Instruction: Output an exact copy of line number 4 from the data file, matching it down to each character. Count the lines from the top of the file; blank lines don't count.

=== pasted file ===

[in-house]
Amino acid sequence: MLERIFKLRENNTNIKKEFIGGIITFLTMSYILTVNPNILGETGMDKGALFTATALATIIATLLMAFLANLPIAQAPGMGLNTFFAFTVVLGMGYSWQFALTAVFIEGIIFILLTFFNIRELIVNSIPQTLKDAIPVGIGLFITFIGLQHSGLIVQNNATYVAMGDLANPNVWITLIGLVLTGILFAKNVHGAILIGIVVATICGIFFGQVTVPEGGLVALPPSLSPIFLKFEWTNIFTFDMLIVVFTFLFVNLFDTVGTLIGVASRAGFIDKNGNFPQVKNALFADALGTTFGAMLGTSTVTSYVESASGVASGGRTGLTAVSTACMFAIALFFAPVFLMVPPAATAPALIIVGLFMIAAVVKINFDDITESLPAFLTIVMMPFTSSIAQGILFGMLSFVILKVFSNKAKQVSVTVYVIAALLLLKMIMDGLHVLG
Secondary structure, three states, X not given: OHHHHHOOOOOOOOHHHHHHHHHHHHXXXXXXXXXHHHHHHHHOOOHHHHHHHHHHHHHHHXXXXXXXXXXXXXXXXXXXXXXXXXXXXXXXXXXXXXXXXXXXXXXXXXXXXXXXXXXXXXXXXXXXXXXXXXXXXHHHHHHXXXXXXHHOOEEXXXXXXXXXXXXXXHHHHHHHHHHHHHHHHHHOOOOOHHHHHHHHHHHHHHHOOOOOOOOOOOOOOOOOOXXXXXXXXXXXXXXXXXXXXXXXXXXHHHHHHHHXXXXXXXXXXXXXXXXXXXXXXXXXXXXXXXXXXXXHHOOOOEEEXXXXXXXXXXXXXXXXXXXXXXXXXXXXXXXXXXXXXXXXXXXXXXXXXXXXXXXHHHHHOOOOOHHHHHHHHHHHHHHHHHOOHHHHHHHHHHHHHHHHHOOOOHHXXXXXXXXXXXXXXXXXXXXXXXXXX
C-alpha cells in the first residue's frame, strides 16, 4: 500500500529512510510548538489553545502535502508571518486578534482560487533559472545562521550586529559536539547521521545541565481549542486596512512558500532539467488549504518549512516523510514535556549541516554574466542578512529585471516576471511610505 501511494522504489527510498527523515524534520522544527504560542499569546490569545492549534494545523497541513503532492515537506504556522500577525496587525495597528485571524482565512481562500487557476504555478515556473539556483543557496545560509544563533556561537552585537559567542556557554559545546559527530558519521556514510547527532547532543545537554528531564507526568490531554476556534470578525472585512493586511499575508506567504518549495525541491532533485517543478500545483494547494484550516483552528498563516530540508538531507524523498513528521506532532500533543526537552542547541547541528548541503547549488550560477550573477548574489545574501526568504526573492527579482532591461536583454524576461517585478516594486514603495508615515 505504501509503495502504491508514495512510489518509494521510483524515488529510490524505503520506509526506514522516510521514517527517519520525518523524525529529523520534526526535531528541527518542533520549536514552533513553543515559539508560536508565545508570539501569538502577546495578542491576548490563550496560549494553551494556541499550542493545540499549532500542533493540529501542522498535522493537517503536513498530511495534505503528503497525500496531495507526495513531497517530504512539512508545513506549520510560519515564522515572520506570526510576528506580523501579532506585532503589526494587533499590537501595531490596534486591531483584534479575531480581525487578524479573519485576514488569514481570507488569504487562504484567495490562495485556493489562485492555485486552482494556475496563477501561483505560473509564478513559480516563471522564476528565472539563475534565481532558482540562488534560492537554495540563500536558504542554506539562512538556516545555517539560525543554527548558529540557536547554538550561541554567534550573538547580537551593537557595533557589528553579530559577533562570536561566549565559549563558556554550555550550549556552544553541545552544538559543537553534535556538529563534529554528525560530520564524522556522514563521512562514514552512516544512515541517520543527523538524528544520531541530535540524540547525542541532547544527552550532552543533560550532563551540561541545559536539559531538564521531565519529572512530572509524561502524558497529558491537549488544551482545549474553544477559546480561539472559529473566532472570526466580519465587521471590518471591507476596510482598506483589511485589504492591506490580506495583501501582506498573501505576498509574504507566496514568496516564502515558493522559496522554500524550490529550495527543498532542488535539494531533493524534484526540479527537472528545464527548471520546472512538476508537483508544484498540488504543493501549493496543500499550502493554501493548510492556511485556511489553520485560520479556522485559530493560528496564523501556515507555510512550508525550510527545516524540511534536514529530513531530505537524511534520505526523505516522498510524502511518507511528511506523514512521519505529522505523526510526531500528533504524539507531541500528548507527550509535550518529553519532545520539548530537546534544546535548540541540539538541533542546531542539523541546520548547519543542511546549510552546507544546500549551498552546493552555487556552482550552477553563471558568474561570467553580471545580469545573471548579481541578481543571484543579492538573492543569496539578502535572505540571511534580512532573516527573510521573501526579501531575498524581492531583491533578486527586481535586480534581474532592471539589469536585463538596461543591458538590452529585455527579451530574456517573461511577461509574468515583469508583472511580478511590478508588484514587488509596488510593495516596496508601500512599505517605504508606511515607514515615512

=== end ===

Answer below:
C-alpha cells in the first residue's frame, strides 16, 4: 500500500529512510510548538489553545502535502508571518486578534482560487533559472545562521550586529559536539547521521545541565481549542486596512512558500532539467488549504518549512516523510514535556549541516554574466542578512529585471516576471511610505 501511494522504489527510498527523515524534520522544527504560542499569546490569545492549534494545523497541513503532492515537506504556522500577525496587525495597528485571524482565512481562500487557476504555478515556473539556483543557496545560509544563533556561537552585537559567542556557554559545546559527530558519521556514510547527532547532543545537554528531564507526568490531554476556534470578525472585512493586511499575508506567504518549495525541491532533485517543478500545483494547494484550516483552528498563516530540508538531507524523498513528521506532532500533543526537552542547541547541528548541503547549488550560477550573477548574489545574501526568504526573492527579482532591461536583454524576461517585478516594486514603495508615515 505504501509503495502504491508514495512510489518509494521510483524515488529510490524505503520506509526506514522516510521514517527517519520525518523524525529529523520534526526535531528541527518542533520549536514552533513553543515559539508560536508565545508570539501569538502577546495578542491576548490563550496560549494553551494556541499550542493545540499549532500542533493540529501542522498535522493537517503536513498530511495534505503528503497525500496531495507526495513531497517530504512539512508545513506549520510560519515564522515572520506570526510576528506580523501579532506585532503589526494587533499590537501595531490596534486591531483584534479575531480581525487578524479573519485576514488569514481570507488569504487562504484567495490562495485556493489562485492555485486552482494556475496563477501561483505560473509564478513559480516563471522564476528565472539563475534565481532558482540562488534560492537554495540563500536558504542554506539562512538556516545555517539560525543554527548558529540557536547554538550561541554567534550573538547580537551593537557595533557589528553579530559577533562570536561566549565559549563558556554550555550550549556552544553541545552544538559543537553534535556538529563534529554528525560530520564524522556522514563521512562514514552512516544512515541517520543527523538524528544520531541530535540524540547525542541532547544527552550532552543533560550532563551540561541545559536539559531538564521531565519529572512530572509524561502524558497529558491537549488544551482545549474553544477559546480561539472559529473566532472570526466580519465587521471590518471591507476596510482598506483589511485589504492591506490580506495583501501582506498573501505576498509574504507566496514568496516564502515558493522559496522554500524550490529550495527543498532542488535539494531533493524534484526540479527537472528545464527548471520546472512538476508537483508544484498540488504543493501549493496543500499550502493554501493548510492556511485556511489553520485560520479556522485559530493560528496564523501556515507555510512550508525550510527545516524540511534536514529530513531530505537524511534520505526523505516522498510524502511518507511528511506523514512521519505529522505523526510526531500528533504524539507531541500528548507527550509535550518529553519532545520539548530537546534544546535548540541540539538541533542546531542539523541546520548547519543542511546549510552546507544546500549551498552546493552555487556552482550552477553563471558568474561570467553580471545580469545573471548579481541578481543571484543579492538573492543569496539578502535572505540571511534580512532573516527573510521573501526579501531575498524581492531583491533578486527586481535586480534581474532592471539589469536585463538596461543591458538590452529585455527579451530574456517573461511577461509574468515583469508583472511580478511590478508588484514587488509596488510593495516596496508601500512599505517605504508606511515607514515615512